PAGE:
Future printed in 3D

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Houses built in 24 hours. Downloadable prescription drugs. Your ordinary shoe-maker scanning your feet in store to deliver you overnight your brand new pair of shoes matching your size and movement specifications. On-demand limbs made of layers of living cells. Mini food-printing factory in every kitchen. As $7 billion worth 3D printer industry is gaining ground, some of those things are already happening. And there are people who are convinced that the market for 3D printers will only be getting bigger.

A 3D-printed factory

“The evangelists of ‘the fourth industrial revolution’ in front of our eyes, claim that 3D printing is a key tool, thanks to which we are going to keep on evolving as mature 21-century societies,” says Przemek Jaworski, the chairman and founder of one of the leading Polish 3D Printing companies, ZMorph.

3D printing is not in fact a new concept. Those devices have been around for a while. But there has been a major shift. “Till very recently 3D printing has mainly been used for pre-production prototyping. Today – it is used to manufacture final products. And that opens up a lot of possibilities for personalization. For instance, we will be able to order shoes, sport accessories, and wearables, tailored to the shape of our anatomy. And the process won’t involve any additional costs,” explains Jaworski.

Apart from personalization, 3D printing could eliminate many of the sore points of the industry. For instance, spare parts – it is not always easy to find precisely the ones you want. Sometimes they are nowhere to be found. Now they could simply be printed. 3D manufacturing also eliminates the need for outsourcing. Products could be printed locally which means cutting shipping costs. Besides, 3D printing allows manufacturers to minimize the cost of storage – with rapid production a lot of things can be made on demand. And this could significantly accelerate product development process.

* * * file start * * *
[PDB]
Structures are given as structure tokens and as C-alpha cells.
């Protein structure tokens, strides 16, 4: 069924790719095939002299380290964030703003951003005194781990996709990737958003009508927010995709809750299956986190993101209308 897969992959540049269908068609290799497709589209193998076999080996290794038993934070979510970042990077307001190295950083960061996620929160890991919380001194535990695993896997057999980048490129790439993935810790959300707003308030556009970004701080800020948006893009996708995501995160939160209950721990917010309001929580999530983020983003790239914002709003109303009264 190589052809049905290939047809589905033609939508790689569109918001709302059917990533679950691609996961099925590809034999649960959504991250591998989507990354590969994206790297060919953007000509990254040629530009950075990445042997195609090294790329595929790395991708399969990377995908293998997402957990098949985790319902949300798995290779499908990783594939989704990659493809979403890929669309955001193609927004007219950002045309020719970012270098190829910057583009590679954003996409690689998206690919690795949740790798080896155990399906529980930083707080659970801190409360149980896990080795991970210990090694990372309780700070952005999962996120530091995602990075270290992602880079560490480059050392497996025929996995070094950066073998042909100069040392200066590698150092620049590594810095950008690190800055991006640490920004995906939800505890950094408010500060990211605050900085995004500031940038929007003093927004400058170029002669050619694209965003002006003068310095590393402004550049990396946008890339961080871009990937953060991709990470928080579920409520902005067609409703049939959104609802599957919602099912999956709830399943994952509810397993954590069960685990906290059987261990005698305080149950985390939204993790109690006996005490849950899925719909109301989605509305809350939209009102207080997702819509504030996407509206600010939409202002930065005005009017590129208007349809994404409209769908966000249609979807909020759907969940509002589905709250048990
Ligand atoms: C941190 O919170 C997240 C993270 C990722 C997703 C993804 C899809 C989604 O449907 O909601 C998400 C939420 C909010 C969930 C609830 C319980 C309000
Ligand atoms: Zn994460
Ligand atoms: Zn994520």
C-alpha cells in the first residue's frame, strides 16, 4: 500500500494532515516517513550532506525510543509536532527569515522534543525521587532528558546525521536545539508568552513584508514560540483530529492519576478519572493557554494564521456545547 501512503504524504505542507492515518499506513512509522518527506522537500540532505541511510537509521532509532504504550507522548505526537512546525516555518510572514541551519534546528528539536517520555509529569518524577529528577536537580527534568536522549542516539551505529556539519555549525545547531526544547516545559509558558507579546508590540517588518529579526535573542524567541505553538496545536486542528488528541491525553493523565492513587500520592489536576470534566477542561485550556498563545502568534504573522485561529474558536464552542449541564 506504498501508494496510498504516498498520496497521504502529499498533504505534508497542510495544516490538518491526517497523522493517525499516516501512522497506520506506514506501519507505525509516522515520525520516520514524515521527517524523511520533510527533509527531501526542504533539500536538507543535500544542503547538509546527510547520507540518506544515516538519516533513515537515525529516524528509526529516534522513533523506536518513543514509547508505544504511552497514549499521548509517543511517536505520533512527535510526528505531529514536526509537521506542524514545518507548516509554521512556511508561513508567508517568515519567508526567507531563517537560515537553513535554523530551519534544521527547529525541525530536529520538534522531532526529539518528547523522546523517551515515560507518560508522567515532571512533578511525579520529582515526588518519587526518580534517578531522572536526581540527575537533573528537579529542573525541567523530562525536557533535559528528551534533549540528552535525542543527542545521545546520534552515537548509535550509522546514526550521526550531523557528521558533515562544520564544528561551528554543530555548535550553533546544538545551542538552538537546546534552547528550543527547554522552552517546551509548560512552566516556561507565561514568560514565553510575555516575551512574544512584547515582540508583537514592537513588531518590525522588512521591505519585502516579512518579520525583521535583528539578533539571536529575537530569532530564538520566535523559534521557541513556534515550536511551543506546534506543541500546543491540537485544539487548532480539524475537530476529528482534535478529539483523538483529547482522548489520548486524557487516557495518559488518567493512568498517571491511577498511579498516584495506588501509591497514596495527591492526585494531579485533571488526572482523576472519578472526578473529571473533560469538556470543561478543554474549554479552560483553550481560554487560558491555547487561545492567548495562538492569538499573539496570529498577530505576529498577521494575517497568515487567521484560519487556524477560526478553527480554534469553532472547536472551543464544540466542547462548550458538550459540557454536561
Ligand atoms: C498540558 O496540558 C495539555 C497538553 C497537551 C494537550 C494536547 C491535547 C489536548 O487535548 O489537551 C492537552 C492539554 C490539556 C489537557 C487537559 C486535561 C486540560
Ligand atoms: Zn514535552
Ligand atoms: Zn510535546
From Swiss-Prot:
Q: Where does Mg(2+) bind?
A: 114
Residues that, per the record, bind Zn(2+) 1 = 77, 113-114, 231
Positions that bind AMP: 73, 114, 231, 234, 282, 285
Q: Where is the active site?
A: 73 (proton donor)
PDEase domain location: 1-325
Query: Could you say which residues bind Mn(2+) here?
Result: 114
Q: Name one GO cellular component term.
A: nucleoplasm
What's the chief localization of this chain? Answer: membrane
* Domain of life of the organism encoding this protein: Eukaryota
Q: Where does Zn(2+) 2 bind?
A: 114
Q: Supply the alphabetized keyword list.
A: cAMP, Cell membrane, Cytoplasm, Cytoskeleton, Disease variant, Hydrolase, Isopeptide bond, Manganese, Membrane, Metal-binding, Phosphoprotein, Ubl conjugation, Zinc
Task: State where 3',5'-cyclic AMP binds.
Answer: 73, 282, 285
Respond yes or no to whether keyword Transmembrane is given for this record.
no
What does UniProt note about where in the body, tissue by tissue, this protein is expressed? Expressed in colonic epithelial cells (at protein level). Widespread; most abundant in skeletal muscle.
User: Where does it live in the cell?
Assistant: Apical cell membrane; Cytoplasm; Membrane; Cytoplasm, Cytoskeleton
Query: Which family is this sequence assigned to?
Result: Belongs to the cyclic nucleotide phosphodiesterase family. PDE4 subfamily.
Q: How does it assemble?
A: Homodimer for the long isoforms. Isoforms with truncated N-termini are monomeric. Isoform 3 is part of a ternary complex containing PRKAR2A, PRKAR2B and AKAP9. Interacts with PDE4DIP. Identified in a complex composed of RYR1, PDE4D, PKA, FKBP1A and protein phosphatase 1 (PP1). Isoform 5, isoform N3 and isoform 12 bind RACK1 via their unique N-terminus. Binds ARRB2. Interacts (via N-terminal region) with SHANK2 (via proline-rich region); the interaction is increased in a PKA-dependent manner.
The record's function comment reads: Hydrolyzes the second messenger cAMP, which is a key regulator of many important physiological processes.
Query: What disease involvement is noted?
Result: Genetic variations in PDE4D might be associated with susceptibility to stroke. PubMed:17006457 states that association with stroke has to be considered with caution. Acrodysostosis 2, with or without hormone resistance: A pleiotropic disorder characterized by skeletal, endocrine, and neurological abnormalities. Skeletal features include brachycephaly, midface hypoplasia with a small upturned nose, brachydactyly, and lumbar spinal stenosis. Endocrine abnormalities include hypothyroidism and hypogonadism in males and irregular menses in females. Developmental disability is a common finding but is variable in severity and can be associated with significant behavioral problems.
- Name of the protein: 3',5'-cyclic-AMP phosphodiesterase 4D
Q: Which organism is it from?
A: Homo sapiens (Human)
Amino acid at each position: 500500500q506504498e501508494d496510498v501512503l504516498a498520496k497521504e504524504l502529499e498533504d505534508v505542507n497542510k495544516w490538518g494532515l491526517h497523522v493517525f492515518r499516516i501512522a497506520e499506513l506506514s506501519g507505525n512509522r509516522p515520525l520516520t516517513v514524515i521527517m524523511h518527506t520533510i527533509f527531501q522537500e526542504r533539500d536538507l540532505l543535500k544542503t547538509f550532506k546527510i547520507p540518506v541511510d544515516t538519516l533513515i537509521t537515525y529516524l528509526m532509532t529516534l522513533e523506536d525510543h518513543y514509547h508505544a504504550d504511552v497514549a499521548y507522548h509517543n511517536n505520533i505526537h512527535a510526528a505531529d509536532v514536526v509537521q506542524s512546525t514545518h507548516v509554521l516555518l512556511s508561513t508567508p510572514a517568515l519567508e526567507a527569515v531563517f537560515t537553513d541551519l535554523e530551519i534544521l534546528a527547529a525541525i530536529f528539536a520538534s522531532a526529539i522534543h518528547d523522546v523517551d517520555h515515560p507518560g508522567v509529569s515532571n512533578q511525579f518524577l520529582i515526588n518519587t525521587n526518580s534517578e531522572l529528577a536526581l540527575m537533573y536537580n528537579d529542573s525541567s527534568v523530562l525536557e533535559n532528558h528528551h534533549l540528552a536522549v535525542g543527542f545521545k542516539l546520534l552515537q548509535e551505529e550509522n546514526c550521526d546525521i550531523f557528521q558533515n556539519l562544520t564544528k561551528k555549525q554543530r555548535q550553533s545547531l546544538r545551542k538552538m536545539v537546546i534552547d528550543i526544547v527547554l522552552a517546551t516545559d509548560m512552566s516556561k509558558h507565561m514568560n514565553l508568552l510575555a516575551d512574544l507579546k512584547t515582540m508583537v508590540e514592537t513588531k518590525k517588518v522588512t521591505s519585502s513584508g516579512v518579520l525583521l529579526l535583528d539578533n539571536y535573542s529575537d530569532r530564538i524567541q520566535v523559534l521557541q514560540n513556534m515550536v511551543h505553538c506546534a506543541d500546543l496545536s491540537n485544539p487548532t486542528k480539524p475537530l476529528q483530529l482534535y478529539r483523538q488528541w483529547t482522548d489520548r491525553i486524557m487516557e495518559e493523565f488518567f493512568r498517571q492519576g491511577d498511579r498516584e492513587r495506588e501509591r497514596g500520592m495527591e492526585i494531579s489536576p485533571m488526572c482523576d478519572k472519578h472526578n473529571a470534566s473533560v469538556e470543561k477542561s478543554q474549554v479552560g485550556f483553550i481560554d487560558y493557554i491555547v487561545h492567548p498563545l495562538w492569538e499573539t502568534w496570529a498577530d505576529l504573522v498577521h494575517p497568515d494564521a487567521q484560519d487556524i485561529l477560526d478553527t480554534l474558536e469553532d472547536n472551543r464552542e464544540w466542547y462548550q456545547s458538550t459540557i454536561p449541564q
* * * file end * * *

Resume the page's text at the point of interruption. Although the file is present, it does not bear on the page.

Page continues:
3D printers could simply make production more effective – you manufacture precisely the things you need without wasting the remnants of the materials, and exactly when you need them. And, what is crucial - exactly when the customer needs them.

Autonomous households

3D printing is not just about industrial manufacturing. There is also a market for low-volume consumer fabrication. And Przemek Jaworski knows it all too well. Jaworski was the first person to bring RepRaps to the Polish market. RepRap is not your ordinary 3D printer – it is a general-purpose self-replicating machine. And neither is Zmorph. “The printer is above all, multifunctional, which means it can become a different machine after a simple reconfiguration,” says Jaworski.

ZMorph (the name takes its origins in the Greek word ‘morphe’, which means ‘shape’ or ‘form’. The ‘Z’ is derived from Cartesian coordinate system (XYZ) and signifies third dimension. The name itself means “the one that creates objects in three dimensions”.) is a pioneer in low-volume consumer printing. The company has a global network of over 50 authorized partners, and has already entered markets in Europe, Asia, South and North America, with resellers located among others in the U.S., Japan, Colombia, Nordic countries and Great Britain.